Students should demonstrate academic excellence in their grades and test scores. In the Class of 2024, the middle 50% of SAT scores for accepted students was 700-770 in Evidence-Based Reading and Writing, and 720-800 in Math. For ACT test-takers, the middle 50% of accepted students’ scores was 31-35. For the 2020-2021 cycle, scores are lower across the board, so if you have an ACT of 28 or above, and and SAT of 1360 or above, we recommend submitting your score. For more info, see our post on applying test-optional in 2020-2021.
Extracurricular activities are key. Stanford’s many supplemental essays are great places to showcase leadership, creativity, and a knack for doing the extraordinary.
Beyond all that, your personal context is something admissions officers will take into consideration. The Class of 2024 was comprised of 20.2% first generation college attendees, 12% international students, and represented students from all 50 states.
How to Make Your Application Stand Out
Showcase your excellence. Address all of your greatest academic, extracurricular, and personal accomplishments in the most favorable light possible. Initially, this will feel like bragging, but press on. It is vital for the admissions officer to quickly understand who you are and what you have accomplished. Ask parents, friends, and counselors to read over materials to ensure you’ve presented yourself in an honest and positive manner.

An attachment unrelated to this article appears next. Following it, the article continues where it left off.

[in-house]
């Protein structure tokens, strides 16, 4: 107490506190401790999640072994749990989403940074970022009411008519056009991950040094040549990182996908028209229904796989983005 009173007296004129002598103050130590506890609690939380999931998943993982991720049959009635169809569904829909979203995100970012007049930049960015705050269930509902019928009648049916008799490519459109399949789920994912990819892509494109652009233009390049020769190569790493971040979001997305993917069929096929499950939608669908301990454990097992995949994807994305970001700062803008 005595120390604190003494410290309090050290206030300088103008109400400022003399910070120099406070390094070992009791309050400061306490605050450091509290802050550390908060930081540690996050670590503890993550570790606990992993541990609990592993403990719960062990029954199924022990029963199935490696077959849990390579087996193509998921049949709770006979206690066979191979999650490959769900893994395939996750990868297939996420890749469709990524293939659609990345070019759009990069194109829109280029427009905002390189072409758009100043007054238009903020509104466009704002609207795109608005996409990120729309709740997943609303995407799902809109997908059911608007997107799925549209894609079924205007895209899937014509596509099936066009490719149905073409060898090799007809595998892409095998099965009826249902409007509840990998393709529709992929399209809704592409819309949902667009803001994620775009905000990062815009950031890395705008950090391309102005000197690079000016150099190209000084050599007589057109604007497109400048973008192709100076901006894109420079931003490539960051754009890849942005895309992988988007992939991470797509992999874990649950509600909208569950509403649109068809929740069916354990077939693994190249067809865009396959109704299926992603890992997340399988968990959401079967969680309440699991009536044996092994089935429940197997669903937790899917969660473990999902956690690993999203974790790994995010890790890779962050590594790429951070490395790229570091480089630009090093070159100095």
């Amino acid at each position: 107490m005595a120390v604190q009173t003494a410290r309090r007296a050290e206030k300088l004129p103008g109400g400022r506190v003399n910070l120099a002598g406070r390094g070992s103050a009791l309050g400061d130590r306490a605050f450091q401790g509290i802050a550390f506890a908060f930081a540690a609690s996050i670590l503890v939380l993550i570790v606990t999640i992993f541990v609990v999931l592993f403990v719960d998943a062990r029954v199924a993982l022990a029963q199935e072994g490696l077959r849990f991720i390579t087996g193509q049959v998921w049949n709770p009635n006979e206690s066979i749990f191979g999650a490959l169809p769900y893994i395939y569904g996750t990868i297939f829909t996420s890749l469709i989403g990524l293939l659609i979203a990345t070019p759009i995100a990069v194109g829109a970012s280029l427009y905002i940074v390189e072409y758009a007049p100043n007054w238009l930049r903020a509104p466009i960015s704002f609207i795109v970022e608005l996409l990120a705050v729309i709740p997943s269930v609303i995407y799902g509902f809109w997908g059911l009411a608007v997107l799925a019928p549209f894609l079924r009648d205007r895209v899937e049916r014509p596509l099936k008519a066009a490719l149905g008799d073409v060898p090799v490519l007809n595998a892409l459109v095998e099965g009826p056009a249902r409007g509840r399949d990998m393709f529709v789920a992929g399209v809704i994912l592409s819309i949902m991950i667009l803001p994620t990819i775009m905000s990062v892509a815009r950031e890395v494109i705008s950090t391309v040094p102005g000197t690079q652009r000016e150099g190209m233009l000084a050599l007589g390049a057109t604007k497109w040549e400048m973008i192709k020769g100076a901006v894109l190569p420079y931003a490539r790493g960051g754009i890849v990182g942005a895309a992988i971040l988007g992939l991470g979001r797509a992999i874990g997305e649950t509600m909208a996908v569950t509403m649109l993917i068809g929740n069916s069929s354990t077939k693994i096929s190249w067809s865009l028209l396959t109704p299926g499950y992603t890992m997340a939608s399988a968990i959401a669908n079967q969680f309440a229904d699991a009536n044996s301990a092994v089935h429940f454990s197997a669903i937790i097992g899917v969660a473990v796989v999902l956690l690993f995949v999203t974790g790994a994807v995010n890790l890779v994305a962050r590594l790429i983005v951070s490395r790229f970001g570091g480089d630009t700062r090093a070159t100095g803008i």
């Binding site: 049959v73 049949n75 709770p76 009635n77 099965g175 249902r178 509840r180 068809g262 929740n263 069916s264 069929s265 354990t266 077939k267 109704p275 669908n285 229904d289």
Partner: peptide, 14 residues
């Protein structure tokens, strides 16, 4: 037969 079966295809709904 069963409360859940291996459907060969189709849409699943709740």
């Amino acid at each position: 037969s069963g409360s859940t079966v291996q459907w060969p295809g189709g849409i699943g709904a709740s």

Demonstrate good character. All students should emphasize humility and growth in addition to their other positive traits. Humility amounts to giving credit where credit is due—to yourself but also to others. Likewise, growth is key. Stanford is making a bet not on who you are, but on who you’re becoming. So, give Stanford a glimpse of how you’ve changed already.
Show Stanford-specific knowledge. Stanford wants to know that it is a top choice for you, not simply one of many good options. For that reason, research is key. Here are a few facts that you should take care not to contradict:
- Stanford is a 45 minute drive away from San Francisco (on a good day).
- Contrary to popular opinion, Stanford is not in the Ivy League.
- Stanford has several majors with unusual names, including Human Biology, Ethics in Society, and Symbolic Systems. Double check the name of your desired major before applying.